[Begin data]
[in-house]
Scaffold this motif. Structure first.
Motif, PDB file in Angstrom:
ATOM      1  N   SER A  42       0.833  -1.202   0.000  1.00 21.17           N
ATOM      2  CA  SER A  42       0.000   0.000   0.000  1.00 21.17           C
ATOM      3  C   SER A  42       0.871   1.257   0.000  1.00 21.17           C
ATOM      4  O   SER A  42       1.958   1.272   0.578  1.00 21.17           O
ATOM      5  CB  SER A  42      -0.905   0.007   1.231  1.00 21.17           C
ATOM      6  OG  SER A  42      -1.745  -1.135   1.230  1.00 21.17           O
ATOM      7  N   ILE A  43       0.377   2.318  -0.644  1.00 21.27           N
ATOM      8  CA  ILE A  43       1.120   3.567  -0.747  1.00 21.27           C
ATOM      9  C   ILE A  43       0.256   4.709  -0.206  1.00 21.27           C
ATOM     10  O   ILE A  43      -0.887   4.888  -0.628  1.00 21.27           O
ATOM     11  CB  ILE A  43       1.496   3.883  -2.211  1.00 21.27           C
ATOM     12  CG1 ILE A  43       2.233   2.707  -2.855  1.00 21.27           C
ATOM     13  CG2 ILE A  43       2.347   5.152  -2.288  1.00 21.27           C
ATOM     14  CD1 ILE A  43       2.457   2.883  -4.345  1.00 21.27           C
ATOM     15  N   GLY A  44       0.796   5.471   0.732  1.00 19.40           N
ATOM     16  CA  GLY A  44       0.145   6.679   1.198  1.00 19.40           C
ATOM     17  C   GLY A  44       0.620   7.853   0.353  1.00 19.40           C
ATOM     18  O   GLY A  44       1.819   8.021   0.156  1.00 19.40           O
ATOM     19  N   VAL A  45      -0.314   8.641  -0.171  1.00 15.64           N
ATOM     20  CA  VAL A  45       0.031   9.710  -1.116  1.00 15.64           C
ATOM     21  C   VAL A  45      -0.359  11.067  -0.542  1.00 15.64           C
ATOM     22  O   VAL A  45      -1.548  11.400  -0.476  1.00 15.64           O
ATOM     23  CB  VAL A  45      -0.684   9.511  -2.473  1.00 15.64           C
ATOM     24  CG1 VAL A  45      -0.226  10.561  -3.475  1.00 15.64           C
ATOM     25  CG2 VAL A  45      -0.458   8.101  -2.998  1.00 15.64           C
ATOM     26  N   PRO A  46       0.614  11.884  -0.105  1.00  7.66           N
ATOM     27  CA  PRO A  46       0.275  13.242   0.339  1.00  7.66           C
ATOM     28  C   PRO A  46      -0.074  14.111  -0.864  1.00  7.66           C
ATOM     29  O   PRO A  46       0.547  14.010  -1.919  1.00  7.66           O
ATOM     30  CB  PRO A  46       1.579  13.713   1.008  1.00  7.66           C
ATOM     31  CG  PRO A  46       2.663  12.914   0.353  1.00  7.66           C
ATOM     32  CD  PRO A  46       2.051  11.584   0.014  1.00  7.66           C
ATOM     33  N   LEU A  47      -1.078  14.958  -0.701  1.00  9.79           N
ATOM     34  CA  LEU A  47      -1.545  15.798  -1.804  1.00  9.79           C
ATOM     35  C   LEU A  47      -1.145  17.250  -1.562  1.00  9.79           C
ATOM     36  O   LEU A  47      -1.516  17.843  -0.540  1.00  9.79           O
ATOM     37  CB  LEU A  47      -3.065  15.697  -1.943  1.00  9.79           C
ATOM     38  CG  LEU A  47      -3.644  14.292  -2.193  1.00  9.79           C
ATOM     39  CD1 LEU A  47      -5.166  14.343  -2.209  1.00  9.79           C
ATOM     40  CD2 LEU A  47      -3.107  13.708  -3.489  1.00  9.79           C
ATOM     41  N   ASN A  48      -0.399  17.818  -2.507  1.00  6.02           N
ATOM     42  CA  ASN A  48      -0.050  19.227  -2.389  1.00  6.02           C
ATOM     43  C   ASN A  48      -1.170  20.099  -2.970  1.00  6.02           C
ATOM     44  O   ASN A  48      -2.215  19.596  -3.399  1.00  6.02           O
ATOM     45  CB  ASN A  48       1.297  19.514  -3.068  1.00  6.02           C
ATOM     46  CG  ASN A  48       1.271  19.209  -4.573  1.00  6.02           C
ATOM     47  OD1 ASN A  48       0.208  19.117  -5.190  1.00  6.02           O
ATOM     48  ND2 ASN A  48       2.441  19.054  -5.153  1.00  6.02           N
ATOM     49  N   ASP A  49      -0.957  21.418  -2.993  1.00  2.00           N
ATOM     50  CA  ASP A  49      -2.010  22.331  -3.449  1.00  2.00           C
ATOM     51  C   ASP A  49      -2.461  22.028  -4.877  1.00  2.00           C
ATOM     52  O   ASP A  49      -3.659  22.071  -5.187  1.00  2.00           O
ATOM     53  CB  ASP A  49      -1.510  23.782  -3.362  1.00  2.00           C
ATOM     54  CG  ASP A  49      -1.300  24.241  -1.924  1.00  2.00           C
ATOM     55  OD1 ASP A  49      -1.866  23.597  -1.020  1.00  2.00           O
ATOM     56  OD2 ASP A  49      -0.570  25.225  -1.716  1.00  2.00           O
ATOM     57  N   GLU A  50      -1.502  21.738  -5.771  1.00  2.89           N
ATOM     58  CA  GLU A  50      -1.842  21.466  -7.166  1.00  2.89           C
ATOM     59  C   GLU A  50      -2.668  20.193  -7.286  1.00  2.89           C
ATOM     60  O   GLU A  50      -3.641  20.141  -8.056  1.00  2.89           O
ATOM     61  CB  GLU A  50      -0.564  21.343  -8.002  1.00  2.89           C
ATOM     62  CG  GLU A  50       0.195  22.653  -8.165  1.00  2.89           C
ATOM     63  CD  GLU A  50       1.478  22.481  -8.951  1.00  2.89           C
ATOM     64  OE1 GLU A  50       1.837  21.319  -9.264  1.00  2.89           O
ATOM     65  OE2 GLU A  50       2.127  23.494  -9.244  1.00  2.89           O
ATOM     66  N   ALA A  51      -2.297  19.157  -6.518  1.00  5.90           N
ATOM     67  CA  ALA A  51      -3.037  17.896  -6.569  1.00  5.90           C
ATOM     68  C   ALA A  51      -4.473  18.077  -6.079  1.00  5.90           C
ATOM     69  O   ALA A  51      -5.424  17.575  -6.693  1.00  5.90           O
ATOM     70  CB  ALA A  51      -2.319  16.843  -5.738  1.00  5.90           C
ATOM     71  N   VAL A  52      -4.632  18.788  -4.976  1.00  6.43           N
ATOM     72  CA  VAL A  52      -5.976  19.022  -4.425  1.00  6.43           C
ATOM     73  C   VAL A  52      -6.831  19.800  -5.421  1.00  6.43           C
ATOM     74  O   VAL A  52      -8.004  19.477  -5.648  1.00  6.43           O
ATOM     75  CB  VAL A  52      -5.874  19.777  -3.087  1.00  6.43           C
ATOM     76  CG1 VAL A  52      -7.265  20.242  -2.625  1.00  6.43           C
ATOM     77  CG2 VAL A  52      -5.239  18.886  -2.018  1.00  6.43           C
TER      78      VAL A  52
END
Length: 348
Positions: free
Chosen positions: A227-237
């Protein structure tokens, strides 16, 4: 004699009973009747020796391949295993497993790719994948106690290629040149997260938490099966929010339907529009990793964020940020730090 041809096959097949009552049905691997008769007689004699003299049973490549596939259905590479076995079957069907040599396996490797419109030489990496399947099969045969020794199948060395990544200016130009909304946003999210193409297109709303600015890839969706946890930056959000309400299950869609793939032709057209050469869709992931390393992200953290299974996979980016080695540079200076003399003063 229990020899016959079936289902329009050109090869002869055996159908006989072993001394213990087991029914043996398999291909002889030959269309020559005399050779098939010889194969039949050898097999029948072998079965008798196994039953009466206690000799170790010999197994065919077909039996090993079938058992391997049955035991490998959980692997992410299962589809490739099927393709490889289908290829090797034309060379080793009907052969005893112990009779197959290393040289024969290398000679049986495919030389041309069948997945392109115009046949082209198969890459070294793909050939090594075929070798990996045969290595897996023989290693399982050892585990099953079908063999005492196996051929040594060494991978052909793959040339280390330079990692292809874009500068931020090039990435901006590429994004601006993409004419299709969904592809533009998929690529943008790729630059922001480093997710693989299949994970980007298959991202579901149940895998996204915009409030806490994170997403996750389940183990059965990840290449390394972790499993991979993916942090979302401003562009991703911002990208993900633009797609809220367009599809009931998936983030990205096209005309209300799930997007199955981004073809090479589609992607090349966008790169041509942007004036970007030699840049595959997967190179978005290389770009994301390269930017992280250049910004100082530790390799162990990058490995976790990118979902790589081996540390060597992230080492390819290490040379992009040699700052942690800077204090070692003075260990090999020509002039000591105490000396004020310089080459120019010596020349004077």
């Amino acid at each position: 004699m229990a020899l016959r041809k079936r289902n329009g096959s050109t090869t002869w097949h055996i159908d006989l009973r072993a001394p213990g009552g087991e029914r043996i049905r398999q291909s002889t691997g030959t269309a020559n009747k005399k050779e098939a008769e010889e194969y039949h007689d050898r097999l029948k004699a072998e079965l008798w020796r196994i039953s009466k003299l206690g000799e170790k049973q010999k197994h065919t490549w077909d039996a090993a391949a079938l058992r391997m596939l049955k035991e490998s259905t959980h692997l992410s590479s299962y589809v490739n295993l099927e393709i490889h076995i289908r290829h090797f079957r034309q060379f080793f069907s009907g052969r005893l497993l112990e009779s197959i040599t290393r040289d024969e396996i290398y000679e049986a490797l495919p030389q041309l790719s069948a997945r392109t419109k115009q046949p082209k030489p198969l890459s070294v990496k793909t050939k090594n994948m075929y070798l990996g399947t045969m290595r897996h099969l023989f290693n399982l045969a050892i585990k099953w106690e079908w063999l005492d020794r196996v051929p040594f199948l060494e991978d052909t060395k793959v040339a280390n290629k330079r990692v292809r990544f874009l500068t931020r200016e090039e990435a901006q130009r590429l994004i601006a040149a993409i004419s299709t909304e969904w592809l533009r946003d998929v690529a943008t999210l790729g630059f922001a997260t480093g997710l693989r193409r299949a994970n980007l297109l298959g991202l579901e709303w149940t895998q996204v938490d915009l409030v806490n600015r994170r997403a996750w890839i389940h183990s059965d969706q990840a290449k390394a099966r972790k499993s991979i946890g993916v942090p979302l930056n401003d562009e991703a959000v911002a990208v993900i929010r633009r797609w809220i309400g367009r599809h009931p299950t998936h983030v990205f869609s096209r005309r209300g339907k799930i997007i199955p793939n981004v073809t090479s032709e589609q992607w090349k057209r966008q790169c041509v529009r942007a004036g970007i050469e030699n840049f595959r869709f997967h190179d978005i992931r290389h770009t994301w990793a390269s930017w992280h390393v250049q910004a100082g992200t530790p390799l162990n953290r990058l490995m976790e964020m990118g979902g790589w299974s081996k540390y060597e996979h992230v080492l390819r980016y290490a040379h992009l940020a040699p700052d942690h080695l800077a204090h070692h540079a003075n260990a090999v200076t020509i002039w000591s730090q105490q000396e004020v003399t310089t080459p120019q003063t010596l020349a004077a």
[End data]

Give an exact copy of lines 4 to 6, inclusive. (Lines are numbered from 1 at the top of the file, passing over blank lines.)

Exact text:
ATOM      1  N   SER A  42       0.833  -1.202   0.000  1.00 21.17           N
ATOM      2  CA  SER A  42       0.000   0.000   0.000  1.00 21.17           C
ATOM      3  C   SER A  42       0.871   1.257   0.000  1.00 21.17           C